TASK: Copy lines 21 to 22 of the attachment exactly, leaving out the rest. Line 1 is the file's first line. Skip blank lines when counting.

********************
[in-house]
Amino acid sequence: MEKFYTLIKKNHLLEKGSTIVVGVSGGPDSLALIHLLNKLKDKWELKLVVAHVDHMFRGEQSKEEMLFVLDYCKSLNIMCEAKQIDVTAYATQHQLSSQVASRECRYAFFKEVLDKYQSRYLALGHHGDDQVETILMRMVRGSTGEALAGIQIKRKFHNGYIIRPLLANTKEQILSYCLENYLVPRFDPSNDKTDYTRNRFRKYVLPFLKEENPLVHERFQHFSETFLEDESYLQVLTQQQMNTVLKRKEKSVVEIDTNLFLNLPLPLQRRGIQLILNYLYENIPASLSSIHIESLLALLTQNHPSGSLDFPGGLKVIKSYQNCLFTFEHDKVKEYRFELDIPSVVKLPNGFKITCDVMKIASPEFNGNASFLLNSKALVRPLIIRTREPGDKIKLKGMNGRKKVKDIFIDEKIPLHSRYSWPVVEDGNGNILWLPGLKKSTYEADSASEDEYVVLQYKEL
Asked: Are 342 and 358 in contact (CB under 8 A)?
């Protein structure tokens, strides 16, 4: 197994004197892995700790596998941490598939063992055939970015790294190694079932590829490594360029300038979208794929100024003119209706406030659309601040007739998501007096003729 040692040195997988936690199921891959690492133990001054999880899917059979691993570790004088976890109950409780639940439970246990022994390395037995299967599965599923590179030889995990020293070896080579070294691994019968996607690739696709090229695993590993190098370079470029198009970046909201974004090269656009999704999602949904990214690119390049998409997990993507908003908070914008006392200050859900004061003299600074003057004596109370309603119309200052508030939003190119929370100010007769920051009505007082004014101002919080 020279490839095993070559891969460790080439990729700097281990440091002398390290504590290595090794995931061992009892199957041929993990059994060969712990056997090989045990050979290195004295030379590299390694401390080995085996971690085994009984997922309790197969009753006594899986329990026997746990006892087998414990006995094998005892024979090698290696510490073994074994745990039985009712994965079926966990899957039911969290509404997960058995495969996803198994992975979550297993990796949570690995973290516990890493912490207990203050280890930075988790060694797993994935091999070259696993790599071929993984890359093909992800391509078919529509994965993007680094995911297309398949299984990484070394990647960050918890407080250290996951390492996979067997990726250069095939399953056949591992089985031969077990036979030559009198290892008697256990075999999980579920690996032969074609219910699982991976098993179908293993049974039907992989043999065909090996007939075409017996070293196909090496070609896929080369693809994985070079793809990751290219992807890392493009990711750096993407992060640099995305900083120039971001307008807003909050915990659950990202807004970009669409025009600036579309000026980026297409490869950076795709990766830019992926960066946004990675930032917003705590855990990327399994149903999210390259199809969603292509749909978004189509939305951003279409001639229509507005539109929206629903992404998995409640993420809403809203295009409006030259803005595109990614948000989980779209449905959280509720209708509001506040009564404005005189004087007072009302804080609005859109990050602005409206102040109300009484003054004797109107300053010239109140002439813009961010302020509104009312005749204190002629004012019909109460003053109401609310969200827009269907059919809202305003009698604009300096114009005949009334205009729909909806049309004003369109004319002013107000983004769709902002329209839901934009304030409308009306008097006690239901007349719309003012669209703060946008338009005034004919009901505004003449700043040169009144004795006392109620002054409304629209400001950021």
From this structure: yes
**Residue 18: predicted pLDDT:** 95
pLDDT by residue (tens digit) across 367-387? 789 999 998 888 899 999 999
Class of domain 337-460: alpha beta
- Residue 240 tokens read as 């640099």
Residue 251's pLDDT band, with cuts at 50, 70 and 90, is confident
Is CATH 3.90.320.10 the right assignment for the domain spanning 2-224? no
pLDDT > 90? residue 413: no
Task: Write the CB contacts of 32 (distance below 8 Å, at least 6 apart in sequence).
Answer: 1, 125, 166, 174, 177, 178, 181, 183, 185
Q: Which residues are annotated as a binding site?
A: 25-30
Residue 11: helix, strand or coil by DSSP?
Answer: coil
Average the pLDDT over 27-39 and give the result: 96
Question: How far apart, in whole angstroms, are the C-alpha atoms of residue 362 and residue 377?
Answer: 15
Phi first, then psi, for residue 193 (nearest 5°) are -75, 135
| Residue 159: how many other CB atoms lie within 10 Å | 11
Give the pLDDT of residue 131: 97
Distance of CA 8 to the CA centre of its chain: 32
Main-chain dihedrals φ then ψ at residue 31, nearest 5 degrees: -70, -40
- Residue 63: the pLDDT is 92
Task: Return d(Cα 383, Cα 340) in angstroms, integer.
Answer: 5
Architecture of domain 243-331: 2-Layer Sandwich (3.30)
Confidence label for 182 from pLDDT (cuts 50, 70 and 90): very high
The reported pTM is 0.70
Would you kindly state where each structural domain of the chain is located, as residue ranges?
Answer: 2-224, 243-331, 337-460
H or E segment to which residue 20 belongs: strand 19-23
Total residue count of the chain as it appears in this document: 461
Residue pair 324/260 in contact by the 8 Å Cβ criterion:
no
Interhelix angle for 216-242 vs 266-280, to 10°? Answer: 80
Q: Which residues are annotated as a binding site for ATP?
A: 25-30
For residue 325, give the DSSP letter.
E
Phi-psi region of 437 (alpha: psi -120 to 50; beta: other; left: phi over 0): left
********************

Answer: 15
Phi first, then psi, for residue 193 (nearest 5°) are -75, 135